Yesterday, I was lured into a stationery shop by a display of notebooks and pens in the window. It’s a minor addiction – a new notebook makes me happy. Even though I vowed not to buy more, I couldn’t resist this one with its satiny paper and pictures of leaves. Oh…and I bought a ‘starter’ fountain pen to go with it.
Two things prompted the purchase: reading that hand writing might not be taught in schools as an essential skill and the following widely quoted extract from an article in the Guardian 27th February by the nature writer Robert MacFarlane. Eight years ago he discovered that when “a new edition of the Oxford Junior Dictionary was published…a sharp-eyed reader noticed that there had been a culling of words concerning nature. Under pressure, Oxford University Press revealed a list of the entries it no longer felt to be relevant to a modern-day childhood. The deletions included acorn, adder, ash, beech, bluebell, buttercup, catkin, conker, cowslip, cygnet, dandelion, fern, hazel, heather, heron, ivy, kingfisher, lark, mistletoe, nectar, newt, otter, pasture and willow. The words taking their places in the new edition included attachment, block-graph, blog, broadband, bullet-point,, chatroom, committee, cut-and-paste, MP3 player and voice-mail, celebrity.”
Wandering alone down the lanes of my girlhood and on through pastures or by the river in the 1950s and 60s, I frequently saw, heard, smelled, tasted or touched all of the plants, birds and animals named in this deleted list. At the age of eight or nine they were part of my everyday world. And I loved the names – catkin, acorn, adder, ash – repeated them like spells.
When I first joined a creative writing group, the tutor, novelist and poet Lyndsay Clarke, advocated using Anglo Saxon words as much as possible Several of the deleted words, like ivy and cowslip and adder are Old English in origin. I learned these words when I saw the living things in their natural landscape, so for me their meanings are multi-layered. The dictionary ‘replacements’ are hard-edged and airless. They don’t belong in any specific environment.
So, what about hand-writing ? I have always enjoyed using a pen on paper and making letter shapes that are uniquely me. At school we had ‘penmanship’ lessons – joined up rows of ‘p’s or ‘s’s in long patterns. It wasn’t a waste of time. I can’t think how it would be even now. Learning cursive script established me in a particular way. It’s obvious that a person’s identity is embedded in their handwriting. As a young child, I observed that my best friend’s writing had an entirely different character from mine. Seeing the way she formed shapes when we sat together learning how to write, helped me recognise her individuality.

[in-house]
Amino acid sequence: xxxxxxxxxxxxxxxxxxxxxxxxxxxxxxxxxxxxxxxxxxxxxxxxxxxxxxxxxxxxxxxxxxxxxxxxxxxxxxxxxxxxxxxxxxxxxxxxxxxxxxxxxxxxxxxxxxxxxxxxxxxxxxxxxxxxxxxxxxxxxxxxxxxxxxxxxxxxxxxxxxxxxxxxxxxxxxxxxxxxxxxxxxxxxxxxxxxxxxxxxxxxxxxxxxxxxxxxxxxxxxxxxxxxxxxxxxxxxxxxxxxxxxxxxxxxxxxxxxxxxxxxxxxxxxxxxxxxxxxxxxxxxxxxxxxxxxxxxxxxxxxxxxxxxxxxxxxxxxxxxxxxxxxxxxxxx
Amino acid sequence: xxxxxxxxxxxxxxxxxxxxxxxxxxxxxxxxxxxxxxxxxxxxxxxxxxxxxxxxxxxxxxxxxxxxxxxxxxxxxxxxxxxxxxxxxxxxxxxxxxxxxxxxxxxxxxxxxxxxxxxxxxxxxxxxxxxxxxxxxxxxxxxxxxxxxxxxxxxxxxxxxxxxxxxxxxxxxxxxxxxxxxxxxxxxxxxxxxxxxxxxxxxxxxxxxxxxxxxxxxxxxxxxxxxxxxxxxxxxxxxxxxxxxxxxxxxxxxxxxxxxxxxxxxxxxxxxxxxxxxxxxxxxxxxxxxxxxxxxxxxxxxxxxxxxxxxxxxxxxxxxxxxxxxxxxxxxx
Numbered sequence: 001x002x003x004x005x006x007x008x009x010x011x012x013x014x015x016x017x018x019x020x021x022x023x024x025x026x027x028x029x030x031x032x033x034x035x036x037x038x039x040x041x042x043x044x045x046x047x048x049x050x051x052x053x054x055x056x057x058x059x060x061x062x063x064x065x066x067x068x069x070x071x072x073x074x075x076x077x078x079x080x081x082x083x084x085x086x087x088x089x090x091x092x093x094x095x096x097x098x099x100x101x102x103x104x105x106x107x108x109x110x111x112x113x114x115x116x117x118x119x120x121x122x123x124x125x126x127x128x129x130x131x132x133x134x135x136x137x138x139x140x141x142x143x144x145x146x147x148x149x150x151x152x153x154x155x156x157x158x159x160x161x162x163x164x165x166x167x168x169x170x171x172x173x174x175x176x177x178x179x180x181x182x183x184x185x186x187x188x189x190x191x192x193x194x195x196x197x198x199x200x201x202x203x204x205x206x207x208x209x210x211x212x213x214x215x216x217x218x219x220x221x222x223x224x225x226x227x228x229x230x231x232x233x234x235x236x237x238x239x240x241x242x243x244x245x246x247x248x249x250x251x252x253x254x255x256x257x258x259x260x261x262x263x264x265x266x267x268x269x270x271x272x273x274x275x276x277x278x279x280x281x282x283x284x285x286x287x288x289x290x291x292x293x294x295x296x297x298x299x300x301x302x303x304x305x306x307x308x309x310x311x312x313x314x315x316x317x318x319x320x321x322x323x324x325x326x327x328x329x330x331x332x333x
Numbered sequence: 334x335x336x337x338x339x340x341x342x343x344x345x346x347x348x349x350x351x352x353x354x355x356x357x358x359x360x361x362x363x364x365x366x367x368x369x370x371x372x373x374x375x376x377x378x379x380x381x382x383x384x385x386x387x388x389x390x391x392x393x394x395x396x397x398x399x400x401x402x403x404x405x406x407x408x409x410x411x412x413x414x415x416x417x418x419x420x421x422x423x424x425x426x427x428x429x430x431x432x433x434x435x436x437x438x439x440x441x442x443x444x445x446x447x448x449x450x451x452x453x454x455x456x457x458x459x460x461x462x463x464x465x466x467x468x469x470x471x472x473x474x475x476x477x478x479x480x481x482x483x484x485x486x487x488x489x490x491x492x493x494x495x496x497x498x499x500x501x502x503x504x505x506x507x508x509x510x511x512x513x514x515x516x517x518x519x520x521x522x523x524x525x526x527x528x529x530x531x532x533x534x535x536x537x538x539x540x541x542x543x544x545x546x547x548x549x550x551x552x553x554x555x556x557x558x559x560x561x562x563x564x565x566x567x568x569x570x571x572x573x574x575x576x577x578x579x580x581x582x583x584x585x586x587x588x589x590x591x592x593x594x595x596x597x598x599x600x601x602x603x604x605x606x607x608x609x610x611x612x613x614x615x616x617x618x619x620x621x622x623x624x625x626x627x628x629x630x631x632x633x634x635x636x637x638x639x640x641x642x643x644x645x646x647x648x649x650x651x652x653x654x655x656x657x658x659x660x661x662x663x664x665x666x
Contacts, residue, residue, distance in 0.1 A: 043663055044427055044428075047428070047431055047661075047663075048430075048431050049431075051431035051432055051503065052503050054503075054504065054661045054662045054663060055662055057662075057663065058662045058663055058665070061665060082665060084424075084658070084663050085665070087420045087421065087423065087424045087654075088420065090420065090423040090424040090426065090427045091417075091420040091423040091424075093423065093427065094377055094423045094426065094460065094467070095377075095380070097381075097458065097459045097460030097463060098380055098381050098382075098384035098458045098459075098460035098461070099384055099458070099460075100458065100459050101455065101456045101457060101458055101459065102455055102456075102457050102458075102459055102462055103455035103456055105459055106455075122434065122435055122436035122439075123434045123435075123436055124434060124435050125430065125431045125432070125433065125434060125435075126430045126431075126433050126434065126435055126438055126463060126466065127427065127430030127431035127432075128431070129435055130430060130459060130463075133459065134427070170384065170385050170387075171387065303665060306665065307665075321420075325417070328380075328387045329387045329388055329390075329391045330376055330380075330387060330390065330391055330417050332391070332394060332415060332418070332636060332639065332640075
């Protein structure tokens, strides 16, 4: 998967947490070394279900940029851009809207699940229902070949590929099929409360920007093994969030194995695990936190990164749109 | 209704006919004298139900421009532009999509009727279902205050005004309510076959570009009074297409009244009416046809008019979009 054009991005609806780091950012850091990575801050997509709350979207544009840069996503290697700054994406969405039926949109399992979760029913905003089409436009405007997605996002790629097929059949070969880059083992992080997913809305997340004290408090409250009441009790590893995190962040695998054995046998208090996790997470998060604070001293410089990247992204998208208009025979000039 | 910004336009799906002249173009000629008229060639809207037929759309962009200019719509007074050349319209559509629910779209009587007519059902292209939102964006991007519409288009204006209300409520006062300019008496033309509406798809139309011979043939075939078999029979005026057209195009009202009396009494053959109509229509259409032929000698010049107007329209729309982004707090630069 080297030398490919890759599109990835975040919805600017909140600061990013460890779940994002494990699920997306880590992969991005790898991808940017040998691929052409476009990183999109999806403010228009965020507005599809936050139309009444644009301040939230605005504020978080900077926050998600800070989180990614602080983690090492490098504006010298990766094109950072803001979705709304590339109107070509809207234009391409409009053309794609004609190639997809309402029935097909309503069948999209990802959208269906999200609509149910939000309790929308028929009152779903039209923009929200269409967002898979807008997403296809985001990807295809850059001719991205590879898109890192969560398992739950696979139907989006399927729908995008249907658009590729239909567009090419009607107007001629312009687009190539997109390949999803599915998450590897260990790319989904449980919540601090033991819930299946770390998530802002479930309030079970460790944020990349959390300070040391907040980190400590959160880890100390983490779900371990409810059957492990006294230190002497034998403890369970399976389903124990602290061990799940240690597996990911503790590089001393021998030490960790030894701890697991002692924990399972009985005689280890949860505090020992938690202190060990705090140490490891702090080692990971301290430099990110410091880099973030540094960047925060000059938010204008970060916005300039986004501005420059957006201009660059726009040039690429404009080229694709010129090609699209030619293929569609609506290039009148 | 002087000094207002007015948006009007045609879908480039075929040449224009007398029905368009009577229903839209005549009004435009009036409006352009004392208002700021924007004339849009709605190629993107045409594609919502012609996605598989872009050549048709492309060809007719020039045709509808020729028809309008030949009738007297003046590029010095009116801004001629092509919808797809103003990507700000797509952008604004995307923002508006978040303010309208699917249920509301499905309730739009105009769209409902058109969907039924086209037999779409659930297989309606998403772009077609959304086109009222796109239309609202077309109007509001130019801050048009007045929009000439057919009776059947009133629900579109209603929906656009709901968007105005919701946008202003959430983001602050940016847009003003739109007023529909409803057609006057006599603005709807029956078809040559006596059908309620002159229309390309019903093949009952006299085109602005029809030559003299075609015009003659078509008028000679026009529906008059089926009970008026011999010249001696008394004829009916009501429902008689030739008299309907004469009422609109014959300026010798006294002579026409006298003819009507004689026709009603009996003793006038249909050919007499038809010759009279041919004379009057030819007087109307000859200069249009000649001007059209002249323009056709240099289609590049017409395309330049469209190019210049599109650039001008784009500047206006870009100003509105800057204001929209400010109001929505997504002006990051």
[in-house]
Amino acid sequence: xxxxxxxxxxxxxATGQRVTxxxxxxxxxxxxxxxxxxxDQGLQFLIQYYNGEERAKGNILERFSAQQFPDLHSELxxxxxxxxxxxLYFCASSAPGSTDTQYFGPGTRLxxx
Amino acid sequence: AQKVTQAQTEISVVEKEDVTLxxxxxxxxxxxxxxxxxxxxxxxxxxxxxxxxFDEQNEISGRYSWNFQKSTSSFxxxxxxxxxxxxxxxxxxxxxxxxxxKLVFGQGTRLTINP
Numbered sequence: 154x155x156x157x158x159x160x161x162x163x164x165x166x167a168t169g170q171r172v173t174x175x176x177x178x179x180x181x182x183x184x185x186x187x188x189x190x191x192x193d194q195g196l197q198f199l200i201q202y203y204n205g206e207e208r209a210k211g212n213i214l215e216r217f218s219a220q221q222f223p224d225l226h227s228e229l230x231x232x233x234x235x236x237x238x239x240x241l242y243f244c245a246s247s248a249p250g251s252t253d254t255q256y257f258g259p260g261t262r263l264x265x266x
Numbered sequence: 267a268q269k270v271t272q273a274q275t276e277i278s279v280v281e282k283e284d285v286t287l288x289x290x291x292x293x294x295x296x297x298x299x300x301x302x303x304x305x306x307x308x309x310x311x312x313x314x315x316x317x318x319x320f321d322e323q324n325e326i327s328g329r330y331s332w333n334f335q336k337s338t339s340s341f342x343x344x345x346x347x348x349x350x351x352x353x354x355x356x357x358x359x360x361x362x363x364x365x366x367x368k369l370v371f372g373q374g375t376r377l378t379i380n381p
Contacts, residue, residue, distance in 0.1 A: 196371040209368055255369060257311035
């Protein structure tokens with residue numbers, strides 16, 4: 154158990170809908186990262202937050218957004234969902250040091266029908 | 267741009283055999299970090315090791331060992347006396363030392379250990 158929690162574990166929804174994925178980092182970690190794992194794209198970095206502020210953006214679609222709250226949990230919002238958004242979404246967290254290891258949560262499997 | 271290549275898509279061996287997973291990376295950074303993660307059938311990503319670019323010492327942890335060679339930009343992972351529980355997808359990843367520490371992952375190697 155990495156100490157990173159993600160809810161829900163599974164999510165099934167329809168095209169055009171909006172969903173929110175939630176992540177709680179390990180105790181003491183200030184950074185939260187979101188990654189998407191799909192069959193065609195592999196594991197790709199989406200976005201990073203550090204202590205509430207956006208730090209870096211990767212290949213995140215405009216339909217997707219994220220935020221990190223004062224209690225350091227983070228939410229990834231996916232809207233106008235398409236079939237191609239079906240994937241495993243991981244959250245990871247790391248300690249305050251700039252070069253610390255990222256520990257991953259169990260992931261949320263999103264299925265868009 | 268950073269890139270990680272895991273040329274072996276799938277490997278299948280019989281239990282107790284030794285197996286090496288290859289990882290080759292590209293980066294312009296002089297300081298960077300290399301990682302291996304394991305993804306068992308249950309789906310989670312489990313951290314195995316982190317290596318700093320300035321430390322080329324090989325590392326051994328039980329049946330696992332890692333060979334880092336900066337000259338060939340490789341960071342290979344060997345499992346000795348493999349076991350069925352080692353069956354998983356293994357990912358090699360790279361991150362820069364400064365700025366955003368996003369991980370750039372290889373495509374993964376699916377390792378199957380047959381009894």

My neighbour just received a letter from her twenty-five year old son and she told me that reading his handwriting was an entirely different from reading an email. Immediately, she wanted to write a letter back. Most people who receive personal letters like to keep at least some of them. You can’t unfold an email in years to come, smell the paper, study the writing and remember the person in the same way. I treasure a letter from my mother written before she had a stroke. Afterwards, with reduced motor skills, her handwriting became pinched and cramped, her identity shrunk, along with the space in her hand writing.
Buying the notebook and the pad was a small act of defiance. I’ll write draft stories in it with my loopy, untidy script, naming adders, acorns, beeches and bluebells, kingfishers and newts. No bullet points, no celebrities.
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